Skip directly to site content Skip directly to page options Skip directly to A-Z link Skip directly to A-Z link Skip directly to A-Z link
Volume 12, Number 2—February 2006

Cocirculation of Dengue Serotypes, Delhi, India, 2003

On This Page
Article Metrics
citations of this article
EID Journal Metrics on Scopus

Cite This Article

To the Editor: Delhi, in the northern part of India, has had outbreaks of dengue caused by various dengue virus types in 1967, 1970, 1982, 1988, and 1996 (15). In 1988, for the first time, a few cases of dengue hemorrhagic fever (DHF) were seen (4). Subsequently, we reported the largest outbreak of DHF/dengue shock syndrome (DSS) in Delhi in 1996 and confirmed dengue virus type 2 as the etiologic agent (5).

We report the results of virologic testing of samples received at the All India Institute of Medical Sciences from patients with suspected dengue fever or denguelike illness from Delhi and its adjoining areas during a 2003 outbreak of dengue. According to the World Health Organization (6), 2,185 laboratory-confirmed cases were reported during this outbreak.

Of the blood samples received by the virology laboratory, 42 were received on ice from patients with acute denguelike illness. Serum was separated aseptically and stored at –70°C. The standard method of virus cultivation, which used the C6/36 clone of the Aedes albopictus cell line, was followed with some modifications (7). On days 5 and 10, harvested cells were tested by an indirect immunofluorescence assay (IFA) using monoclonal antibodies to dengue virus types 1–4 (provided by the Centers for Disease Control and Prevention, Atlanta, Georgia, USA, during the 1996 outbreak). If IFA results were negative for dengue viruses on first passage, a second passage was made, and cells were again harvested on days 5 and 10 for IFA. The 4 dengue virus types (obtained from the National Institute of Virology, Pune, India) were included as positive controls, and uninfected C6/36 cells were kept as negative controls.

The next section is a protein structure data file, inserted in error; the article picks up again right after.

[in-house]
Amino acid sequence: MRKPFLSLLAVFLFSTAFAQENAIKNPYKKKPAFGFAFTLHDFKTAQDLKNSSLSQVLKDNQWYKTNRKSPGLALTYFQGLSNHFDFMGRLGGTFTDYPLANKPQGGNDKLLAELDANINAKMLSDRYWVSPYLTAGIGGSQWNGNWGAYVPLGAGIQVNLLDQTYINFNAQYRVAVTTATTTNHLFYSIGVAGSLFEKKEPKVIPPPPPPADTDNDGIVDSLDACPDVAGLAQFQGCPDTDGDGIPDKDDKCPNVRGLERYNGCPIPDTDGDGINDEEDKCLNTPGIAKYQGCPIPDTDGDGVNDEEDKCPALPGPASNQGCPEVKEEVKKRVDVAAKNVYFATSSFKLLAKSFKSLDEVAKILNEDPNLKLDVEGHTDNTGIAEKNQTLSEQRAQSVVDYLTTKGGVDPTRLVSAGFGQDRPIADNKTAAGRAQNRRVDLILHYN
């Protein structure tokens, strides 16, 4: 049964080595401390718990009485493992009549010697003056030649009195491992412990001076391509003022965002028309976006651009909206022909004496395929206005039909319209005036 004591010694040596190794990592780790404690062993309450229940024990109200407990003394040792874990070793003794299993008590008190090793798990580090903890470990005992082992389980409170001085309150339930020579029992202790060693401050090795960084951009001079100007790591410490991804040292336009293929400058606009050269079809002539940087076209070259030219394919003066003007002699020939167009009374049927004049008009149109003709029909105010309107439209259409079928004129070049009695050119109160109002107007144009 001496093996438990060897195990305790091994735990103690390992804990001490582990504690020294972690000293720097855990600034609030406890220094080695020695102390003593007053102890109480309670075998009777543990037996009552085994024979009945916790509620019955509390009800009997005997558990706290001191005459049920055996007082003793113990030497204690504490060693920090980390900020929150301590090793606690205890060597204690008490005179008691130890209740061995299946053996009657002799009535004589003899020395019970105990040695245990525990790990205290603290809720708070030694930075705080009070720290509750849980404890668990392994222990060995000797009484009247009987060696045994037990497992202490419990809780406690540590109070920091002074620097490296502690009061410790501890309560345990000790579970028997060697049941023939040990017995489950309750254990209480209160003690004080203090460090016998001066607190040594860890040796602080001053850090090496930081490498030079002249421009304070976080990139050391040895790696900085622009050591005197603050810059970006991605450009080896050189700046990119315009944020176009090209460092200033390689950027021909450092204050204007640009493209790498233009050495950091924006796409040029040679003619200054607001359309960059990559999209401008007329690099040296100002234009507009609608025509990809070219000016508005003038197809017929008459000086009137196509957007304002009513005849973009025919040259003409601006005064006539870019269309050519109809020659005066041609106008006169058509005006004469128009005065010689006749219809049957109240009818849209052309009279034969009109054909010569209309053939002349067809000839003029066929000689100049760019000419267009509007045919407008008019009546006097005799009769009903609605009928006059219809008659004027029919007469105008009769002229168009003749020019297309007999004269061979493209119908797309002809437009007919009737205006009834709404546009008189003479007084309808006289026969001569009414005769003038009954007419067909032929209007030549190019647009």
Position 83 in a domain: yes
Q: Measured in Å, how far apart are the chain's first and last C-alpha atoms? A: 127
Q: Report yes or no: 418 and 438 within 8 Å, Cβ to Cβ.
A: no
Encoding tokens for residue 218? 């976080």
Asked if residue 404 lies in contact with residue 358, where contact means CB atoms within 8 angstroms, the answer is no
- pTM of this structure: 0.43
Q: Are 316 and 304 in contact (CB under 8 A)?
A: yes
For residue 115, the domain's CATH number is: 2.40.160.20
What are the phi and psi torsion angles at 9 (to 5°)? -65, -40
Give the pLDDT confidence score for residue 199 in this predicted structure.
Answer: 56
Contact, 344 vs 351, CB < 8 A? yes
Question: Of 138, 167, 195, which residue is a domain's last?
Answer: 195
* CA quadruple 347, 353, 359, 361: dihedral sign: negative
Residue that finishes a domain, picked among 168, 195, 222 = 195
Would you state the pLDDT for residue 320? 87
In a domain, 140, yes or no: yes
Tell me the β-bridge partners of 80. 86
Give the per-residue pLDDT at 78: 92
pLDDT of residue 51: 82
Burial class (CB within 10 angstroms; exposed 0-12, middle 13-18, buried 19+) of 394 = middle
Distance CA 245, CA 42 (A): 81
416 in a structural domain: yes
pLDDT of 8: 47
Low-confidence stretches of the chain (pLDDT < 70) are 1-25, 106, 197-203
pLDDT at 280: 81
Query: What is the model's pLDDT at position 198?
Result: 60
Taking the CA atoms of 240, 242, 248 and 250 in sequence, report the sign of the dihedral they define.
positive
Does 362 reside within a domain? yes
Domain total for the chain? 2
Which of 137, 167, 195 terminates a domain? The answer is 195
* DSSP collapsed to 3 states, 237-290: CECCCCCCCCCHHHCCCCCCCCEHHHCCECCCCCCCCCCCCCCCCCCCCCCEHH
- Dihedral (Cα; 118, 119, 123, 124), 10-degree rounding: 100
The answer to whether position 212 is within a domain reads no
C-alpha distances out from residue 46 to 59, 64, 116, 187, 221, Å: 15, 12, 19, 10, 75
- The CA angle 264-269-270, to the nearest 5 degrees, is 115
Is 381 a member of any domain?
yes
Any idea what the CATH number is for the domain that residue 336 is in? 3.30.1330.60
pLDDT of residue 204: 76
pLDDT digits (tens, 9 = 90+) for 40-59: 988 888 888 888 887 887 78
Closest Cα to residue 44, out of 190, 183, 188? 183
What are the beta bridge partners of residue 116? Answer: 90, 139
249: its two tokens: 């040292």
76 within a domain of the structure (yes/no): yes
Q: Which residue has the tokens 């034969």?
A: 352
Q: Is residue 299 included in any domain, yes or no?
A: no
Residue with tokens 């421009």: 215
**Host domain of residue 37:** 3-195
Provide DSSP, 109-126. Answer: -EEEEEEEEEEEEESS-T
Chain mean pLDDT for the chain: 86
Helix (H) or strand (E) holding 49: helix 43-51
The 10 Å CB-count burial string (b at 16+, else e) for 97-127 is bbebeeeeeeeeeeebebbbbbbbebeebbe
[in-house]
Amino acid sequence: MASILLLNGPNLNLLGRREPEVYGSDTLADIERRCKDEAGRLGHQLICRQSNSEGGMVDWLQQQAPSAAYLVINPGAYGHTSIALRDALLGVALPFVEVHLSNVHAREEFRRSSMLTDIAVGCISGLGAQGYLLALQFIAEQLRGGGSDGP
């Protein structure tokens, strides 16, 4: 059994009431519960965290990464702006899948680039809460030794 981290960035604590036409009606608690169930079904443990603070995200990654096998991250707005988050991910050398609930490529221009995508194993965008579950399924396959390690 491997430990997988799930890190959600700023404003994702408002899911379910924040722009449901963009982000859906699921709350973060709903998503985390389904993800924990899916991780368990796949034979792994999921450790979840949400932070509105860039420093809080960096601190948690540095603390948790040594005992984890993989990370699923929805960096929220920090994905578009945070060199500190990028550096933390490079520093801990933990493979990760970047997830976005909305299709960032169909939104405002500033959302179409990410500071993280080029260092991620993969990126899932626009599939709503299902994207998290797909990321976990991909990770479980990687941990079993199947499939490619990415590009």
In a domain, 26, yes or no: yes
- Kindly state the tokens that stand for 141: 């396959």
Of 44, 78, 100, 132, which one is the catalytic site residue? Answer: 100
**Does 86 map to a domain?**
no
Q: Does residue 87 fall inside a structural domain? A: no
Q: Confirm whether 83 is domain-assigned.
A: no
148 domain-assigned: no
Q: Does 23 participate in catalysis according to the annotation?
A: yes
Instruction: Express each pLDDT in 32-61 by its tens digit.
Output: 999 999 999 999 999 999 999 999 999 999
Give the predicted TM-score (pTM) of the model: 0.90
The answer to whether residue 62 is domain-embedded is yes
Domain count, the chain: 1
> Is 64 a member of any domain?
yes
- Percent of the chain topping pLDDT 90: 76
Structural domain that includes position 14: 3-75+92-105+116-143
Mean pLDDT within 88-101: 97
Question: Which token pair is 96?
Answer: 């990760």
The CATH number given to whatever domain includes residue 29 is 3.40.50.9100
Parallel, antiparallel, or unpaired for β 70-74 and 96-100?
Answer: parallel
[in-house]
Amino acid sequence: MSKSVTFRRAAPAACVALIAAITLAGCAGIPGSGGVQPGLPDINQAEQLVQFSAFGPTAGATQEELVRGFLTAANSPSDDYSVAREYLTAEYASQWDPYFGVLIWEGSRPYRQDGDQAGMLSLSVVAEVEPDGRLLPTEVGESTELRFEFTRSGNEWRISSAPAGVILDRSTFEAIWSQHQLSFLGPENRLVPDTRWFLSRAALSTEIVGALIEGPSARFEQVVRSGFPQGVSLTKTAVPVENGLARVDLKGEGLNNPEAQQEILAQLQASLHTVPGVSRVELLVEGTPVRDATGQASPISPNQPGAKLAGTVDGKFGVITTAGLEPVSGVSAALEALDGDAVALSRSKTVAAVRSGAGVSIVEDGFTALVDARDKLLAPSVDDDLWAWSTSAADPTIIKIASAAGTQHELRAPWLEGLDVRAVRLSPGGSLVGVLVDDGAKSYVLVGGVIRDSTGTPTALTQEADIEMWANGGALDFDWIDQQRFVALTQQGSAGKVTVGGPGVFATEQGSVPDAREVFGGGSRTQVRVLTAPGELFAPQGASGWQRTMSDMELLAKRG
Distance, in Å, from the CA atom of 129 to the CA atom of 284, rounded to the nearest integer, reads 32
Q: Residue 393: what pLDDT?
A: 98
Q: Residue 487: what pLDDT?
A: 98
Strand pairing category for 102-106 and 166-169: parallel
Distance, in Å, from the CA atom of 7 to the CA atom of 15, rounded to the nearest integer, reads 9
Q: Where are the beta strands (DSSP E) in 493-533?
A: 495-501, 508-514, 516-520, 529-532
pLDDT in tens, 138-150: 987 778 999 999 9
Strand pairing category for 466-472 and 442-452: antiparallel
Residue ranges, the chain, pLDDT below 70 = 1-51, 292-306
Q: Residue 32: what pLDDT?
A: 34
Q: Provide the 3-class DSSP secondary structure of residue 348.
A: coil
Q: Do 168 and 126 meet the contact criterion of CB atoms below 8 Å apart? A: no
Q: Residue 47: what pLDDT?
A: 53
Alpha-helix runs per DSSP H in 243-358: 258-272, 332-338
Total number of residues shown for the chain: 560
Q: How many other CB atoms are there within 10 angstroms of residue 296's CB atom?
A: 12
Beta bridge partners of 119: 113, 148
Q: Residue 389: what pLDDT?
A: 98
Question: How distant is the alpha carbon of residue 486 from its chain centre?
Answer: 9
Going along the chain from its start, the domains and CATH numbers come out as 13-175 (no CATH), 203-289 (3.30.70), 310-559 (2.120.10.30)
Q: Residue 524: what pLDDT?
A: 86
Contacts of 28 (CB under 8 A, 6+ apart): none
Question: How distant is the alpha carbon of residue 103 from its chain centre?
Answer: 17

Dengue virus could be isolated in C6/36 cells from 8 (19%) of 42 samples processed for virus isolation (Table). Of the 8 isolates, two each were identified as dengue virus types 1 and 2, three as type 3, and one as type 4. All but one isolate were from patients with uncomplicated dengue fever. One dengue type 2 isolate was obtained from a 7-year-old boy with secondary dengue infection and DHF/DSS. The ages of culture-positive patients ranged from 5 to 62 years, with a median of 22 years. These patients were equally distributed between children (<12 years) and adults. The male-to-female ratio for these 8 patients was 5:3. The duration of fever at the time of viral isolation was 1–5 days, with a median of 3 days.

All previous outbreaks in Delhi have occurred during the monsoon (rainy) season between August and November and subsided with the onset of winter. We recently reported the results of serologic testing during the 2003 outbreak, which also occurred from September to November, with a peak in mid-October 2003 (8). This outbreak was milder than the 1996 outbreak, with less illness and death; most patients had uncomplicated dengue fever, and only a few had DHF/DSS. Of the 874 serum samples that we tested, 456 (52.3%) were positive for dengue-specific immunoglobulin M antibodies by enzyme-linked immunosorbent assay (Panbio, Sinnamon Park, Queensland, Australia), and more than one third of these were from patients in the 21- to 30-year age group (8).